Without a World Cup win in their country’s history, Stoichkov led a quietly confident Bulgaria team to USA ’94 but few gave them any chance of progressing after drawing Nigeria, Greece and Argentina in the group stage. Their lack of experience showed in the first game when they froze against Nigeria who swept them aside with a comprehensive 3-0 win. With Greece up next before Argentina, a win was the minimum that Bulgaria needed to progress. With Nigeria registering a big win against them and with Argentina destroying Greece 4-0, goal difference was always going to be a factor in deciding this group. Bulgaria took to the pitch against Greece like men possessed and hammered them 4-0, with Stoichkov bagging two. Argentina beat Nigeria 2-1 to set the group up on a knife edge going into the last game. Mathematicians all over the world still suffer headaches with this one.

As we entered the last group game, Argentina were top of the group with 6 points and a goal difference of +5, Nigeria had 3 points and +2, and Bulgaria had 3 points and +1. Depending on the result any team could go out as it would come down to a head to head battle. The cut and thrust of it meant that Bulgaria had to win by two clear goals. Their cause was helped by Diego Maradona’s disqualification from the tournament after cocaine was found in his urine sample, something he strenuously denies to this day. With Argentina reeling from the loss of their prime inspiration, Stoichkov missed out on the chance of a master vs. master battle that so many had looked forward to. But he was not going to let Maradona’s absence spoil his World Cup. The game was a tight affair, with Argentina spoiling throughout, and Bulgaria found it hard to find a rhythm. Despite Stoichkov being under close attention from Argentinian defenders he was still the best player on the pitch.

In the 61st minute, Stoichkov and Bulgaria got the moment they had been waiting for. Balakov intercepted a cross from Caniggia and headed the ball wide to Kostadinov whose perfect pass sent Stoichkov racing through three Argentina defenders. As the keeper came out, he was coolness personified as he passed the ball into the back of the net to give Bulgaria a fighting chance. Argentina packed out their defence and Bulgaria crashed upon their wall time and time again as they searched for that elusive goal. As the game headed into injury time Argentina were actually top of the group but all that changed in the 92nd minute as Sirakov pounced to break Argentinian hearts and send Bulgaria through. Argentina also went through as the best third-place team, but the damage had been done and they crashed out to a Hagi-inspired Romania in the next round.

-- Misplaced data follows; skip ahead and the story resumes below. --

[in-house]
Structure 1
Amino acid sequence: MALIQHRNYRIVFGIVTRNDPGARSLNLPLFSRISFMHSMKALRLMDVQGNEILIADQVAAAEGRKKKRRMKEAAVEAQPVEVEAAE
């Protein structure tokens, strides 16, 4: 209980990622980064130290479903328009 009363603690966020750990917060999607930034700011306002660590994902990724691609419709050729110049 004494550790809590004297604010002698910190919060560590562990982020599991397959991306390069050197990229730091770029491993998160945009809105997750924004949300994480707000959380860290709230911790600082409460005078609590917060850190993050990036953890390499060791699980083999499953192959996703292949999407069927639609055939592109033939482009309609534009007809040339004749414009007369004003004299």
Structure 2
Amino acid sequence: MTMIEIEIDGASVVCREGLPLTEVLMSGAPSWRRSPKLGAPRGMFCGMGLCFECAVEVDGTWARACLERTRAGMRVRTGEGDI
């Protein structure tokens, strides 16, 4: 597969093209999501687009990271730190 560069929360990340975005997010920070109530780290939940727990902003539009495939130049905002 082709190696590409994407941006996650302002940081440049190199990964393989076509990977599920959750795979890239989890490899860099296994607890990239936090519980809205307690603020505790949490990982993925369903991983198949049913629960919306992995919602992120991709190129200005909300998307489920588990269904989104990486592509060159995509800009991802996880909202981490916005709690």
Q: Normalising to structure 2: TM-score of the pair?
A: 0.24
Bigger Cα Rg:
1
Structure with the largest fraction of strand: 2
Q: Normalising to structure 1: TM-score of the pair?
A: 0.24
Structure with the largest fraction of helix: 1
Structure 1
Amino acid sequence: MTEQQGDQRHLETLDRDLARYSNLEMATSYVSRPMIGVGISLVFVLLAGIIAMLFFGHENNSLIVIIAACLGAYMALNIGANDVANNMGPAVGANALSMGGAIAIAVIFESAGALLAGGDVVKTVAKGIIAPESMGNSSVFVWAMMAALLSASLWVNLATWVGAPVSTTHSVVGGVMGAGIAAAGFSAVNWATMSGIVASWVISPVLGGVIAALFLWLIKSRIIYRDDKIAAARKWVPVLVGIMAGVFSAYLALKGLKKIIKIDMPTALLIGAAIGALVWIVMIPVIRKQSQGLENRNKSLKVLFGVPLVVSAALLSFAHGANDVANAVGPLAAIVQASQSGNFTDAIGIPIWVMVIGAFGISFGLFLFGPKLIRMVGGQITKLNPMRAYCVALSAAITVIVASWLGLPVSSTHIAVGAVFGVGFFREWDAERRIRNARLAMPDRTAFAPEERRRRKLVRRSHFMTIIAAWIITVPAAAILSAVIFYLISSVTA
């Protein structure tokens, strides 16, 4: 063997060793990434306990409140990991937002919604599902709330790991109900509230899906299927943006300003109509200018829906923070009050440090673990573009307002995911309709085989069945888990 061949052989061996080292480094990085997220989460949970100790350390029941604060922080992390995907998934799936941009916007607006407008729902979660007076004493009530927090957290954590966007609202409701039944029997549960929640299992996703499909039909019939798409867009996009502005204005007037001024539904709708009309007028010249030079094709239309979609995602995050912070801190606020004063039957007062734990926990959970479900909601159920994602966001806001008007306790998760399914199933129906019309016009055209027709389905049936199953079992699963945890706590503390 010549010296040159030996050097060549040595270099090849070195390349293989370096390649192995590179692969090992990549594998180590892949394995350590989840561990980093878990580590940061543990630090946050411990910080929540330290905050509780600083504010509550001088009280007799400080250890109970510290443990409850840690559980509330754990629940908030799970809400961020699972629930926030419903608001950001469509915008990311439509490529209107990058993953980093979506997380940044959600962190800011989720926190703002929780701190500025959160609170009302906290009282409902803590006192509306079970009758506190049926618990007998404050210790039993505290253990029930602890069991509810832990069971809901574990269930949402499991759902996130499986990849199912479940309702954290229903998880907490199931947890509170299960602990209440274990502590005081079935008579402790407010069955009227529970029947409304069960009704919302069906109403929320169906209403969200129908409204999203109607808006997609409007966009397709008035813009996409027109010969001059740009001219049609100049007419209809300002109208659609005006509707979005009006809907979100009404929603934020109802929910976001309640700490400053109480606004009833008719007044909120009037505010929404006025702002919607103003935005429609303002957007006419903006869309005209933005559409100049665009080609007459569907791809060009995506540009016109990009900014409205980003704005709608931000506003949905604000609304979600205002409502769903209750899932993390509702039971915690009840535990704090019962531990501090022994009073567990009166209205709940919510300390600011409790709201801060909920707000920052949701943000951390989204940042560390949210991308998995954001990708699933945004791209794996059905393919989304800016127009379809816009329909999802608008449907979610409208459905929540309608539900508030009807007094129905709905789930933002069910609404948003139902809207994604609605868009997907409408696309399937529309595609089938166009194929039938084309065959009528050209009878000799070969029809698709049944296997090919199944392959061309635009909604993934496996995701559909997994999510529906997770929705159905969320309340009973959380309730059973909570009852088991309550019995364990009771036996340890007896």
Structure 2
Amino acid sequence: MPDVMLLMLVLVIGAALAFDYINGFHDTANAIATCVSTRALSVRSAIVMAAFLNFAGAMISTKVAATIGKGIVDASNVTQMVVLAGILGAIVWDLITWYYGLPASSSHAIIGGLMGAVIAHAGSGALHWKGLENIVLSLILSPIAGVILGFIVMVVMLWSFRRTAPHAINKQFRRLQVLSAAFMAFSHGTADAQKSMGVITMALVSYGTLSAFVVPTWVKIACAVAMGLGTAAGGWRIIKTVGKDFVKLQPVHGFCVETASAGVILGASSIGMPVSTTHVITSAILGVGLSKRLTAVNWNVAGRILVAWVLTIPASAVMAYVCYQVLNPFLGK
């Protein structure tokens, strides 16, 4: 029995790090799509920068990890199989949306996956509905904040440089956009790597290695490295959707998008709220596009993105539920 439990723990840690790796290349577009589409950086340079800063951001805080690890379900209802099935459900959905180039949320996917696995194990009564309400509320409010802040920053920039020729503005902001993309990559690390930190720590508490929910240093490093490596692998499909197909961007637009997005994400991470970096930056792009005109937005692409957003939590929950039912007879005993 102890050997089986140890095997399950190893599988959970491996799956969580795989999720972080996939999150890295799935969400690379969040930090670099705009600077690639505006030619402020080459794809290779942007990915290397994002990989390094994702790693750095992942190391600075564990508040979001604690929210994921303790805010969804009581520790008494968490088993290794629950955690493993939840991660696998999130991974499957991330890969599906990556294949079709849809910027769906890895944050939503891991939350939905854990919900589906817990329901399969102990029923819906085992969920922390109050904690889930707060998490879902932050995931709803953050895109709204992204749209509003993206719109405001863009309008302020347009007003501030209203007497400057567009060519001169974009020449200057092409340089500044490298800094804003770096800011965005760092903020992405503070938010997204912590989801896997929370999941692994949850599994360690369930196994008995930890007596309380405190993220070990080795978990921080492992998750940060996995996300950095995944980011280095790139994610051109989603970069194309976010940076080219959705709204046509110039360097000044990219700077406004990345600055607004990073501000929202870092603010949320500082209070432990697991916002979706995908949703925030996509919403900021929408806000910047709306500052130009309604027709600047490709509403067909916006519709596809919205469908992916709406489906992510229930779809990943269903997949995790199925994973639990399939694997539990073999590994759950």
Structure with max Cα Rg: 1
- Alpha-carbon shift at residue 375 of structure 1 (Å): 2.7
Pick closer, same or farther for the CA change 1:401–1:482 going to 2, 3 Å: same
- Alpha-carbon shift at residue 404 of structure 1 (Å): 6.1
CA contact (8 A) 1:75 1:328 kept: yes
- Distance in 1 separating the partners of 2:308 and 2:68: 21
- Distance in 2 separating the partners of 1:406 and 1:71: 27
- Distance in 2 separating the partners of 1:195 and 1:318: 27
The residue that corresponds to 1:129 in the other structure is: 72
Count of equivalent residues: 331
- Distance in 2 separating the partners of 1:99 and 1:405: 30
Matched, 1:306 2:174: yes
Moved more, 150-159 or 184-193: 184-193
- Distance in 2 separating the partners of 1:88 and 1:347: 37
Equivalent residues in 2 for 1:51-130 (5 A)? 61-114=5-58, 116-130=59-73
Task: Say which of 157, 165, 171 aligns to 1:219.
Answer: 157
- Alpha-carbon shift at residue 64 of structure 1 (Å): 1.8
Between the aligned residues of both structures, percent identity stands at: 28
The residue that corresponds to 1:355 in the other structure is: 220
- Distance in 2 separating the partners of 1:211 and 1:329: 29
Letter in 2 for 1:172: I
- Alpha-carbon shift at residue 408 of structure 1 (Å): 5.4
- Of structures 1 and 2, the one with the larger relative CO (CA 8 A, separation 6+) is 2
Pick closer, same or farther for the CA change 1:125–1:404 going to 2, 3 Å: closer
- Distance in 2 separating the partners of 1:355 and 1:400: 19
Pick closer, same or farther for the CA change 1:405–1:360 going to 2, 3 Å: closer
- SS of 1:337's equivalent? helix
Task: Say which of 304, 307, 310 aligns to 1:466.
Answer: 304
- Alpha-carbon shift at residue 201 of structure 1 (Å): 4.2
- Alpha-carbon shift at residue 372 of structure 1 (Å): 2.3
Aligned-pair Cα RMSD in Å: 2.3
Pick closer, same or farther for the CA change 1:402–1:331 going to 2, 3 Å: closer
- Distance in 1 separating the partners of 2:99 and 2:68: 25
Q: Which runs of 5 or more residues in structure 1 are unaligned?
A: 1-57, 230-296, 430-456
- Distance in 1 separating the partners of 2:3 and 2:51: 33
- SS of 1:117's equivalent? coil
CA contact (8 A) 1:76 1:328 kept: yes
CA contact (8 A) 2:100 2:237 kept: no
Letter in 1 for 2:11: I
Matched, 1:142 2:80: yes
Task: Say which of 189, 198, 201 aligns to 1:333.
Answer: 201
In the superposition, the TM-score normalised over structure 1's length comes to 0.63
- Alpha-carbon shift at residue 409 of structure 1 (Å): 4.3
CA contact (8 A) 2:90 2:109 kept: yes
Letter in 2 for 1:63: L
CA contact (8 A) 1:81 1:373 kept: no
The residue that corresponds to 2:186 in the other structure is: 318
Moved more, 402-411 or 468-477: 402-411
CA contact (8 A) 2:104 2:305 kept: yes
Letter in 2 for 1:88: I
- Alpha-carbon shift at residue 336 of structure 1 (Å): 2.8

Bulgaria’s opponents in the Last-16 were Mexico who had topped a group containing Ireland and Italy. Once again Stoichkov was on the mark, scoring his country’s only goal in the 1-1 draw. Bulgaria eventually progressing after they won the penalty shootout 3-1. Germany were next up and in a match regarded by many as being the best of the tournament, Bulgaria won 2-1. Lothar Matthaus had given Germany the lead right on the stroke of half time, but two goals in the space of three minutes from Stoichkov and Letchkov gave Bulgaria a memorable win.

After becoming the fans favourite because of their beautiful expansive football, Bulgaria found themselves paired in the semi finals with Italy. Of all the teams remaining, Bulgaria were the only total footballing side left in the tournament. Italy and Brazil had been grinding results out from the start and Sweden were a tough well organised team, so Bulgaria found themselves as the people’s favourites. As the pressure grew Italy produced their best performance of the competition. Roberto Baggio scored twice before Stoickov replied, but there was to be no way back and Bulgaria went out of the World Cup at the semi final stage. It was a glorious defeat as Stoichkov won the Golden Boot, and was heralded as one of the world’s greatest players.

Two years later, he left Barca for high-flying Parma in Italy. With Stoichkov gone Johann Cruyff’s team failed to live up to the heights they had set and he was sacked the following year. His time in Italy was an unhappy one, marked tightly by overzealous defenders, Stoichkov and his volatile temperament found it a difficult place to play. Defenders constantly wound him up, and their “agricultural” play frustrated him deeply as he only managed to score five goals in an injury-plagued 23 games.

In 1996 Bobby Robson, seeking a leader and an inspiration for his Barcelona team, brought an aging Stoichkov back to the Nou Camp. Although he could not inspire Barca to the league title, Barca did manage to win the UEFA Cup, the Copa Del Rey, and the European Super Cup in his two seasons there.

By the time the 1998 season rolled around, an injury hit 32-year-old Stoichkov was on the wane, and he went back to Bulgaria and CSKA Sofia to try to inspire the next generation. Frustrated with his lack of game time, he decided to earn his coaching badges, and travelled the world for the next five years, gaining experience at lower levels. The biggest impact he had during this time was when he smashed a student’s leg apart while playing for DC United in the MLS; he was sued for this horrendous challenge and eventually settled out of court.

In 2004, he took over as manager of the Bulgarian national team and over the next three years they failed to make any kind of progress until he was sacked in 2007. One of the best players ever to play in Europe was also one of the most volatile, but was also one of the most generous.

Stoichkov played like a God, lived like a God…and fought like a Devil.

2 Responses

  1. Samuel says:

    Ah, Stoichkov, one of the idols of my childhood.

    By the way, in his second spell with Barça, he won the Cup Winners’ Cup, not the UEFA Cup, and also a Supercopa de España (96).

  2. Neil Sherwin Neil Sherwin says:

    An absolute legend of a footballer, and a crazy fecker at the same time.

    Such a beautiful left foot as well. Himself and Hagi were huge favourites of mine as a kid.

Leave a Reply

Leave a Reply